Peter Linebaugh:

  • On November 11, 1217, after the 1215 document was lost and civil war had resumed, the Magna Carta was founded again and a smaller version was produced called the Charter of the Forest.
  • Charter of the Forest: Forms of protection of subsistence rights for people to the woodlands. The woods was the form that hydrocarbon energy took.
  • There’s a parallel with the protection of woodlands for all, back then, and our own oil economy. Common Rights for oil, share in the wealth of commons.
  • Origins of rights.  Magna Carta and Charter of Forest dividing civil and economic rights. Similar to UN documents now.
  • W.E.B. DuBois attacked the separation of rights of the “stomach” from rights of speech, or from civil and political rights and economic rights.
  • DuBois argued with Eleanor Roosevelt at Breton Woods on behalf of millions of people in the third world.
  • Gerrard Winstanley - “The Earth Belonged To No One” It is a common treasury for all. John Locke was afraid of them and developed his notions of private property in contrast to them.
  • The lessons for us today, depends on creativity and widespread discussion that must occur at the grassroots.
  • Historically, the ruling class has been able to retain it’s avaricious powers only to the extent that it keeps us apart. We’re familiar with gender and racial divisions, and we’ve become a Carceral continent.
  • When we get together we learn that so much of our history has been stolen from us. Our land, wealth, we must recover the knowledge of our own Commoning.

Guest- Peter Linebaugh, Professor, a student of E.P. Thompson, received his Ph.D. in British history from the University of Warwick in 1975. A graduate of Swarthmore and of Columbia, he taught at Rochester, New York University, University of Massachusetts-Boston, Harvard and Tufts before joining The University of Toledo in 1994. Grants from the Max Planck Institute in Göttingen and from the Fulbright and Mellon fellowship programs have supported his research. Peter Linebaugh is currently at work on a study of an Irish insurrectionary during ‘the great transformation’ of the Atlantic revolutions.

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Law and Disorder December 21, 2009


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WBAI Listeners Click Here For Rundown on Tito Gerassi

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Lawyer’s You’ll Like: Rhonda Copelon Part II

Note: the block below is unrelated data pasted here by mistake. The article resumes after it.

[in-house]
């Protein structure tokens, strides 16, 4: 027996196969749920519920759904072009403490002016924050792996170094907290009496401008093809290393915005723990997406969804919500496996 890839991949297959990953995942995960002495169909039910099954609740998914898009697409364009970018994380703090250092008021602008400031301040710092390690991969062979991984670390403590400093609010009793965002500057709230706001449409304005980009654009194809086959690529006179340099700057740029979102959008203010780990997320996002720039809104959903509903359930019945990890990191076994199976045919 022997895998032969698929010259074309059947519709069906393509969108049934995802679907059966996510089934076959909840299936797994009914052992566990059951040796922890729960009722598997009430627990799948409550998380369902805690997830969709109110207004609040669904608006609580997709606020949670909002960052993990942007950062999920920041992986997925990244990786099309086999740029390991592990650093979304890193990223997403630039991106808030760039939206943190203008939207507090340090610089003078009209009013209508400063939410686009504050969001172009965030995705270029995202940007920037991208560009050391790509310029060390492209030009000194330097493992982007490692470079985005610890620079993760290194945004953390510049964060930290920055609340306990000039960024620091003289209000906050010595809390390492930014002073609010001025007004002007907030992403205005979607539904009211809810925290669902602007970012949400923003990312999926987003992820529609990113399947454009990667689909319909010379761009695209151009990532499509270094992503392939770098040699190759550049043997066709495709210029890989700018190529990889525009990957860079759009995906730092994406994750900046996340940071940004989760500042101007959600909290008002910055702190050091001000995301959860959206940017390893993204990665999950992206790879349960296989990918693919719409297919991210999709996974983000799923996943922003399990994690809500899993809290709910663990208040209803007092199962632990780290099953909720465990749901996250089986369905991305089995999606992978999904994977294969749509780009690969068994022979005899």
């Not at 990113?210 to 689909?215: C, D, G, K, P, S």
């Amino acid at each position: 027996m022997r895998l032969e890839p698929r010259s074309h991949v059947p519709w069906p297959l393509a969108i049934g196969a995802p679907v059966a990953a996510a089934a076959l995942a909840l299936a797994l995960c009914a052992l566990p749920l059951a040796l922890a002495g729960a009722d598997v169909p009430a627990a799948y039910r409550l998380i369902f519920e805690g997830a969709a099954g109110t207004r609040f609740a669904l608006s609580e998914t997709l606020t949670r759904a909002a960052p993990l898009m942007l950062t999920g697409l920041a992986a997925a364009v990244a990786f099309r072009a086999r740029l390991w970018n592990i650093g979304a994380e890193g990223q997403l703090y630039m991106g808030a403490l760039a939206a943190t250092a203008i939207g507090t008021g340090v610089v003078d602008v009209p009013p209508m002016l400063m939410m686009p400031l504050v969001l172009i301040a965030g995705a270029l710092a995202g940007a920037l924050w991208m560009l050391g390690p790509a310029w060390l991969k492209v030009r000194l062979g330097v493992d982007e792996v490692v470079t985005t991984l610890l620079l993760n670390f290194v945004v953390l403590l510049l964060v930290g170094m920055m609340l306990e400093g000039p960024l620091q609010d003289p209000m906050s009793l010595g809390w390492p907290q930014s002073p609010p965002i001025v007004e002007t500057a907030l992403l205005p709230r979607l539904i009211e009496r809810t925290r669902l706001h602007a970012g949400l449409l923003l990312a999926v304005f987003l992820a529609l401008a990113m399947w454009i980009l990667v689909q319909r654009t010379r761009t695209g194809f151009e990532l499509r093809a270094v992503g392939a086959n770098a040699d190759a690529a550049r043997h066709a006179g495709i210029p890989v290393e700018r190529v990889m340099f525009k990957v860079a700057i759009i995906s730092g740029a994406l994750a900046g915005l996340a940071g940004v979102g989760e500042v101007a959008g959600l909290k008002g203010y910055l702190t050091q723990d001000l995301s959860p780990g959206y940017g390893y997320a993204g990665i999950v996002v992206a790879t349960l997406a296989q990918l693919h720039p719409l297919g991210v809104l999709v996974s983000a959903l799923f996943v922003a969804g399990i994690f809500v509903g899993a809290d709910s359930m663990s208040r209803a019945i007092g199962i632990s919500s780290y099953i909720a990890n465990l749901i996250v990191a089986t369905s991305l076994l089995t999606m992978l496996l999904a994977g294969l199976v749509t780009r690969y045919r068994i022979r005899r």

This is the second part of our Lawyers You’ll Like interview with attorney Rhonda Copelon.  She is a professor at the Law School of the City University of New York and director of the school’s International Human Rights Law Clinic. Rhonda is also the Legal Advisor to the Women’s Caucus for Gender Justice.  Rhonda shares with us, her history of fighting for the constitutionality of the abortion cases in New York City and its effect on poor women in a pre-Roe v Wade climate.  She also discuss the Harlem 6 case. Let’s have a listen.

From Article on New International Criminal Court: “The breadth and specificity of gender crimes in the court’s enabling statutes are directly attributable to a global caucus of women that formed in 1997 in the face of apathy and active resistance to prosecuting gender-based crimes. “Women made a huge difference,” said Rhonda Copeland, a professor at the Law School of the City University of New York and director of the school’s International Human Rights Law Clinic.

“They made it impossible to ignore that women have been left out of justice and that we have to be in it,” Copeland said. “If there were nobody there saying ‘this is violence,’ I don’t know how it would have happened.”Rhonda shares with listeners, her history of fighting for the constitutionality of the abortion cases in New York City and its effect on poor women in a pre-Roe v Wade climate. She also discuss the Harlem 6 case.

Rhonda Copelon:

  • Harris v McRaeRhonda Copelon argued. The case tried to get the federal government to pay for poor women’s abortions.  We didn’t go to court to get medicaid for women, we went to court to save it.
  • McRae has become a 2 line footnote in text books today and there’s a certain way that people have accepted that medicaid doesn’t have to pay for abortions